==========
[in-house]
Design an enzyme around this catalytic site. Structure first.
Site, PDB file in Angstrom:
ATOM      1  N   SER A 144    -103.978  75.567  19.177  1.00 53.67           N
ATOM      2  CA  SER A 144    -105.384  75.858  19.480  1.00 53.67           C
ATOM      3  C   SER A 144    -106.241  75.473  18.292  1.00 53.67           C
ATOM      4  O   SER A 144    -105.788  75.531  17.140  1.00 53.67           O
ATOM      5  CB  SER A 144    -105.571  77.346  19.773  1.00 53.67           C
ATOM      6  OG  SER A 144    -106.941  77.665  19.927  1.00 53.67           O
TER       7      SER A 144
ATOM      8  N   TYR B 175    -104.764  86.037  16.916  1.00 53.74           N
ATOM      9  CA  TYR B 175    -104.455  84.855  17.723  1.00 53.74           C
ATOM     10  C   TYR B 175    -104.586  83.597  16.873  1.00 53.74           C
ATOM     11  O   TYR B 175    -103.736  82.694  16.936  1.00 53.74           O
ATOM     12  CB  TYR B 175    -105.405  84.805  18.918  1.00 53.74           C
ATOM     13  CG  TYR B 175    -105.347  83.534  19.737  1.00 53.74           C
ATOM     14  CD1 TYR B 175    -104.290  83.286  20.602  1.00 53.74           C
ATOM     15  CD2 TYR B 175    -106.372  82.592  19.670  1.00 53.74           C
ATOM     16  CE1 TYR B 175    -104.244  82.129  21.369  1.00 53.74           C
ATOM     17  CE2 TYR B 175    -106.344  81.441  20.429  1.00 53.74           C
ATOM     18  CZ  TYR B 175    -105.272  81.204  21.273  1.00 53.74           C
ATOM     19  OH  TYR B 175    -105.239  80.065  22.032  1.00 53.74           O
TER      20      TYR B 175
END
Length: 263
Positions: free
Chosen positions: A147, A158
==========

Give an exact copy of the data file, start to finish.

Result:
[in-house]
Design an enzyme around this catalytic site. Structure first.
Site, PDB file in Angstrom:
ATOM      1  N   SER A 144    -103.978  75.567  19.177  1.00 53.67           N
ATOM      2  CA  SER A 144    -105.384  75.858  19.480  1.00 53.67           C
ATOM      3  C   SER A 144    -106.241  75.473  18.292  1.00 53.67           C
ATOM      4  O   SER A 144    -105.788  75.531  17.140  1.00 53.67           O
ATOM      5  CB  SER A 144    -105.571  77.346  19.773  1.00 53.67           C
ATOM      6  OG  SER A 144    -106.941  77.665  19.927  1.00 53.67           O
TER       7      SER A 144
ATOM      8  N   TYR B 175    -104.764  86.037  16.916  1.00 53.74           N
ATOM      9  CA  TYR B 175    -104.455  84.855  17.723  1.00 53.74           C
ATOM     10  C   TYR B 175    -104.586  83.597  16.873  1.00 53.74           C
ATOM     11  O   TYR B 175    -103.736  82.694  16.936  1.00 53.74           O
ATOM     12  CB  TYR B 175    -105.405  84.805  18.918  1.00 53.74           C
ATOM     13  CG  TYR B 175    -105.347  83.534  19.737  1.00 53.74           C
ATOM     14  CD1 TYR B 175    -104.290  83.286  20.602  1.00 53.74           C
ATOM     15  CD2 TYR B 175    -106.372  82.592  19.670  1.00 53.74           C
ATOM     16  CE1 TYR B 175    -104.244  82.129  21.369  1.00 53.74           C
ATOM     17  CE2 TYR B 175    -106.344  81.441  20.429  1.00 53.74           C
ATOM     18  CZ  TYR B 175    -105.272  81.204  21.273  1.00 53.74           C
ATOM     19  OH  TYR B 175    -105.239  80.065  22.032  1.00 53.74           O
TER      20      TYR B 175
END
Length: 263
Positions: free
Chosen positions: A147, A158